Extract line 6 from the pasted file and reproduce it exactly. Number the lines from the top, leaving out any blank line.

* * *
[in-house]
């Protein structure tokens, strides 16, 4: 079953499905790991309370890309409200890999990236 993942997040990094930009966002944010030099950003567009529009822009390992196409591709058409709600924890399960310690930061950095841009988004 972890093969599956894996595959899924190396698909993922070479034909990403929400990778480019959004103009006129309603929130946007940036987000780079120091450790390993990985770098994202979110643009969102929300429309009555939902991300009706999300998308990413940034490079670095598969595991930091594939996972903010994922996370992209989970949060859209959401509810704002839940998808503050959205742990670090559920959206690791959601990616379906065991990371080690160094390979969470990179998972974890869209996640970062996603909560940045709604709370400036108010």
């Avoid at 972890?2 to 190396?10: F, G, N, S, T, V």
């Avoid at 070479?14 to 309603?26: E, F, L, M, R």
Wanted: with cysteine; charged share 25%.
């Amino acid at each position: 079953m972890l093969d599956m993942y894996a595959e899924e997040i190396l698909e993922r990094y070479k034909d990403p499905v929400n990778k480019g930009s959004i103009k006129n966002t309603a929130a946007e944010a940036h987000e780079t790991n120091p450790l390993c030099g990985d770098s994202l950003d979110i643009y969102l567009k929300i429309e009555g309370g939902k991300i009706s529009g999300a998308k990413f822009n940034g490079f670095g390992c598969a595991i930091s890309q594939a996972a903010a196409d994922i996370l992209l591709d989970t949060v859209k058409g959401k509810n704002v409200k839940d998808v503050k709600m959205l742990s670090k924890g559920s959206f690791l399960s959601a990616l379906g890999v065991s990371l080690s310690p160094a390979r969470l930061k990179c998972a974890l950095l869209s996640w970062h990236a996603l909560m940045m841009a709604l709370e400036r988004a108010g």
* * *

């Amino acid at each position: 079953m972890l093969d599956m993942y894996a595959e899924e997040i190396l698909e993922r990094y070479k034909d990403p499905v929400n990778k480019g930009s959004i103009k006129n966002t309603a929130a946007e944010a940036h987000e780079t790991n120091p450790l390993c030099g990985d770098s994202l950003d979110i643009y969102l567009k929300i429309e009555g309370g939902k991300i009706s529009g999300a998308k990413f822009n940034g490079f670095g390992c598969a595991i930091s890309q594939a996972a903010a196409d994922i996370l992209l591709d989970t949060v859209k058409g959401k509810n704002v409200k839940d998808v503050k709600m959205l742990s670090k924890g559920s959206f690791l399960s959601a990616l379906g890999v065991s990371l080690s310690p160094a390979r969470l930061k990179c998972a974890l950095l869209s996640w970062h990236a996603l909560m940045m841009a709604l709370e400036r988004a108010g």